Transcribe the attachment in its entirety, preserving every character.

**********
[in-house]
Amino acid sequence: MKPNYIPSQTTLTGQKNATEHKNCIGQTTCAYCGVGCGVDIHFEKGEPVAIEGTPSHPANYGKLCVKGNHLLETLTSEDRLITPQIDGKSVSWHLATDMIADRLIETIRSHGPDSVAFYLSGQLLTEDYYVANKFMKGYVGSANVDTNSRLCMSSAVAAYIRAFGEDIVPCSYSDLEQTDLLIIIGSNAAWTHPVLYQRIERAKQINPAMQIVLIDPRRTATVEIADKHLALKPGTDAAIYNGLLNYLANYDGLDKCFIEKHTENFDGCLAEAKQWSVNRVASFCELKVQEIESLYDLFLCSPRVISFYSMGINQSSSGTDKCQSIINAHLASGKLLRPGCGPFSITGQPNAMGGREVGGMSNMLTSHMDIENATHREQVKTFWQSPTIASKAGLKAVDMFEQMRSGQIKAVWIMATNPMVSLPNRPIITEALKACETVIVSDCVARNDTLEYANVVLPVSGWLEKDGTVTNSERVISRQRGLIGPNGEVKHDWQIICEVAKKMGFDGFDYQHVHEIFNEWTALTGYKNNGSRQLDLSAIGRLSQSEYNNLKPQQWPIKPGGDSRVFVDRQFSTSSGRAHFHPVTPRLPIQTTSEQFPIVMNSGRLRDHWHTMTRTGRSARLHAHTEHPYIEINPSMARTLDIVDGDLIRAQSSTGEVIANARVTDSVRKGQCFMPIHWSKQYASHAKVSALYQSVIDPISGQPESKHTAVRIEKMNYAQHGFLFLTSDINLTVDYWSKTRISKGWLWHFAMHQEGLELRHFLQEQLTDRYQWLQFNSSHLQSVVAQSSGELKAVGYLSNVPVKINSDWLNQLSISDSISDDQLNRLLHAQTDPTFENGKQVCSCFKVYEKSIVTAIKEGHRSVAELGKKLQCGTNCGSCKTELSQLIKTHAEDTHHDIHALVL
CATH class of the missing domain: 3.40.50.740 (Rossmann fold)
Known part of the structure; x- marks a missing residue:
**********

[in-house]
Amino acid sequence: MKPNYIPSQTTLTGQKNATEHKNCIGQTTCAYCGVGCGVDIHFEKGEPVAIEGTPSHPANYGKLCVKGNHLLETLTSEDRLITPQIDGKSVSWHLATDMIADRLIETIRSHGPDSVAFYLSGQLLTEDYYVANKFMKGYVGSANVDTNSRLCMSSAVAAYIRAFGEDIVPCSYSDLEQTDLLIIIGSNAAWTHPVLYQRIERAKQINPAMQIVLIDPRRTATVEIADKHLALKPGTDAAIYNGLLNYLANYDGLDKCFIEKHTENFDGCLAEAKQWSVNRVASFCELKVQEIESLYDLFLCSPRVISFYSMGINQSSSGTDKCQSIINAHLASGKLLRPGCGPFSITGQPNAMGGREVGGMSNMLTSHMDIENATHREQVKTFWQSPTIASKAGLKAVDMFEQMRSGQIKAVWIMATNPMVSLPNRPIITEALKACETVIVSDCVARNDTLEYANVVLPVSGWLEKDGTVTNSERVISRQRGLIGPNGEVKHDWQIICEVAKKMGFDGFDYQHVHEIFNEWTALTGYKNNGSRQLDLSAIGRLSQSEYNNLKPQQWPIKPGGDSRVFVDRQFSTSSGRAHFHPVTPRLPIQTTSEQFPIVMNSGRLRDHWHTMTRTGRSARLHAHTEHPYIEINPSMARTLDIVDGDLIRAQSSTGEVIANARVTDSVRKGQCFMPIHWSKQYASHAKVSALYQSVIDPISGQPESKHTAVRIEKMNYAQHGFLFLTSDINLTVDYWSKTRISKGWLWHFAMHQEGLELRHFLQEQLTDRYQWLQFNSSHLQSVVAQSSGELKAVGYLSNVPVKINSDWLNQLSISDSISDDQLNRLLHAQTDPTFENGKQVCSCFKVYEKSIVTAIKEGHRSVAELGKKLQCGTNCGSCKTELSQLIKTHAEDTHHDIHALVL
CATH class of the missing domain: 3.40.50.740 (Rossmann fold)
Known part of the structure; x- marks a missing residue: